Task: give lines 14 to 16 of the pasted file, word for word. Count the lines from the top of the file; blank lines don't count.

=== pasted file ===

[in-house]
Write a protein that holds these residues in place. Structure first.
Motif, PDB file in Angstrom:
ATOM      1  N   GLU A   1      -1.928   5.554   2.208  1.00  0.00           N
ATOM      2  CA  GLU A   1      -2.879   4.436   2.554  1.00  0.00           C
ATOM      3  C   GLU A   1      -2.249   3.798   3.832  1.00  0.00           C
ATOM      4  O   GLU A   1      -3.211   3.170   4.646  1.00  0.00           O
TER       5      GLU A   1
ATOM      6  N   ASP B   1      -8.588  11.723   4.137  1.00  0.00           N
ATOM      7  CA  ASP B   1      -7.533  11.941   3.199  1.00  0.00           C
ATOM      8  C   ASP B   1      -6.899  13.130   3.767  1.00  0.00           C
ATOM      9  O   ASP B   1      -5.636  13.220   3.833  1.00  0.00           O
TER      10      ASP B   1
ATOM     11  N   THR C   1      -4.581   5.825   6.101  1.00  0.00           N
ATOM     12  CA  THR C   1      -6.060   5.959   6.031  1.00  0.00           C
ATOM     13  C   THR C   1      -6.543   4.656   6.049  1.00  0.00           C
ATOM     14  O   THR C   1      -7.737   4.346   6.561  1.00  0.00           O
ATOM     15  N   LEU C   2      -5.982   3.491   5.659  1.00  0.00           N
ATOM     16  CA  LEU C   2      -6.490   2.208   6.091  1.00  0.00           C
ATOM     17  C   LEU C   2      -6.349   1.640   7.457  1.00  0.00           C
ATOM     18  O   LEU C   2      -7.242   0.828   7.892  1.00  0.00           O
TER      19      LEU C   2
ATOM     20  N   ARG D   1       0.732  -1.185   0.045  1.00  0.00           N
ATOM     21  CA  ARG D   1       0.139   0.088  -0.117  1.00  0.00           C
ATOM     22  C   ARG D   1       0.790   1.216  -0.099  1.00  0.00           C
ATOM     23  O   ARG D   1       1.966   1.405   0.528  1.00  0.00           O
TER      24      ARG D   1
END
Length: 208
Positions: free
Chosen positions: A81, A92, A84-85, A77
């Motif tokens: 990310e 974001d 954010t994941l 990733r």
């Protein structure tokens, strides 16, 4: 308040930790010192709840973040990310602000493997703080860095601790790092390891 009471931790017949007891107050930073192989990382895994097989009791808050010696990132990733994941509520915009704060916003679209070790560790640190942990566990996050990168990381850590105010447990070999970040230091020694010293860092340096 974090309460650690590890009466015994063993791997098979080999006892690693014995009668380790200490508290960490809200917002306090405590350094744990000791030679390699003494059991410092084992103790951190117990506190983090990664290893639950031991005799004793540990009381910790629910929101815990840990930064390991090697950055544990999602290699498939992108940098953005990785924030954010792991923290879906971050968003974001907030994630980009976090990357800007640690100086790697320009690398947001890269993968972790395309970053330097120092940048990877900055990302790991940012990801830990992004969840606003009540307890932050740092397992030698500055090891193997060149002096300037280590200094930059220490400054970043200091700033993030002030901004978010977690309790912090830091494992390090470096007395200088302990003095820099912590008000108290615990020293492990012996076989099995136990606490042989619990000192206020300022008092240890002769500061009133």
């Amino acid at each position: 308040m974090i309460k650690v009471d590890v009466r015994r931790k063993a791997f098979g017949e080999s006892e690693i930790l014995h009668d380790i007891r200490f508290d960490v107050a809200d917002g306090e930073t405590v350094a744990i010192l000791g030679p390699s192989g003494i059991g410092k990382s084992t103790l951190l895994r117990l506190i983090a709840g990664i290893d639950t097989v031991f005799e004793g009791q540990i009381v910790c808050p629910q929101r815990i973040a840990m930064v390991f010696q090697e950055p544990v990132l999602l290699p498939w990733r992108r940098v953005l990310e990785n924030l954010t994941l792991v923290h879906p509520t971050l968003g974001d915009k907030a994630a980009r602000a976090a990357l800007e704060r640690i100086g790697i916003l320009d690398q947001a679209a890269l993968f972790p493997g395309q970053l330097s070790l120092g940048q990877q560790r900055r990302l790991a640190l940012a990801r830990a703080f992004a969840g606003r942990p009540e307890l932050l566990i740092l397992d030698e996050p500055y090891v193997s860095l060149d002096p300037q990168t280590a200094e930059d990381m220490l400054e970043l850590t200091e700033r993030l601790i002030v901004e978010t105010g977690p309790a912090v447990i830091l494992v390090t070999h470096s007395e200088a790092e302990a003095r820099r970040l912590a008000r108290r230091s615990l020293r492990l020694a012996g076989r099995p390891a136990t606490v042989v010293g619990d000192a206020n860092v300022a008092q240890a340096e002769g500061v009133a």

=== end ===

ATOM     11  N   THR C   1      -4.581   5.825   6.101  1.00  0.00           N
ATOM     12  CA  THR C   1      -6.060   5.959   6.031  1.00  0.00           C
ATOM     13  C   THR C   1      -6.543   4.656   6.049  1.00  0.00           C